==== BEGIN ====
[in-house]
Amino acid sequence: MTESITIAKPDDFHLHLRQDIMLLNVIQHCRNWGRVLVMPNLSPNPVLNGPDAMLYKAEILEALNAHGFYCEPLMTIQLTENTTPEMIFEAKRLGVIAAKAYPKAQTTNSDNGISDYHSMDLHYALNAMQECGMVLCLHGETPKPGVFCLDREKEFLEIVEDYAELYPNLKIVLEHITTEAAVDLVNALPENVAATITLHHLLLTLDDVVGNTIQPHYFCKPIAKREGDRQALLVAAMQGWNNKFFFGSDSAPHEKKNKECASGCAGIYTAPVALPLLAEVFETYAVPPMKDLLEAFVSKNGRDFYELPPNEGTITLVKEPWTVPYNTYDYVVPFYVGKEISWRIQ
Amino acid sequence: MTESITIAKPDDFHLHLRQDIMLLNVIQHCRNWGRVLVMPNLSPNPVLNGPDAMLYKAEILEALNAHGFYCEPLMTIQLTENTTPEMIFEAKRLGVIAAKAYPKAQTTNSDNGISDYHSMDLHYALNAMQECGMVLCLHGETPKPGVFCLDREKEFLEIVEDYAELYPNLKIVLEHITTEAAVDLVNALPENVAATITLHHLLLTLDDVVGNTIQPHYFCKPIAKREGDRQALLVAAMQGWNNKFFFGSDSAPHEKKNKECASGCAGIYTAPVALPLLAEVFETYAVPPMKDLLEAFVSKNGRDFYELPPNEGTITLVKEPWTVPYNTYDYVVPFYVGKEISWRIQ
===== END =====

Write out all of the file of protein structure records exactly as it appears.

[in-house]
Amino acid sequence: MTESITIAKPDDFHLHLRQDIMLLNVIQHCRNWGRVLVMPNLSPNPVLNGPDAMLYKAEILEALNAHGFYCEPLMTIQLTENTTPEMIFEAKRLGVIAAKAYPKAQTTNSDNGISDYHSMDLHYALNAMQECGMVLCLHGETPKPGVFCLDREKEFLEIVEDYAELYPNLKIVLEHITTEAAVDLVNALPENVAATITLHHLLLTLDDVVGNTIQPHYFCKPIAKREGDRQALLVAAMQGWNNKFFFGSDSAPHEKKNKECASGCAGIYTAPVALPLLAEVFETYAVPPMKDLLEAFVSKNGRDFYELPPNEGTITLVKEPWTVPYNTYDYVVPFYVGKEISWRIQ
Amino acid sequence: MTESITIAKPDDFHLHLRQDIMLLNVIQHCRNWGRVLVMPNLSPNPVLNGPDAMLYKAEILEALNAHGFYCEPLMTIQLTENTTPEMIFEAKRLGVIAAKAYPKAQTTNSDNGISDYHSMDLHYALNAMQECGMVLCLHGETPKPGVFCLDREKEFLEIVEDYAELYPNLKIVLEHITTEAAVDLVNALPENVAATITLHHLLLTLDDVVGNTIQPHYFCKPIAKREGDRQALLVAAMQGWNNKFFFGSDSAPHEKKNKECASGCAGIYTAPVALPLLAEVFETYAVPPMKDLLEAFVSKNGRDFYELPPNEGTITLVKEPWTVPYNTYDYVVPFYVGKEISWRIQ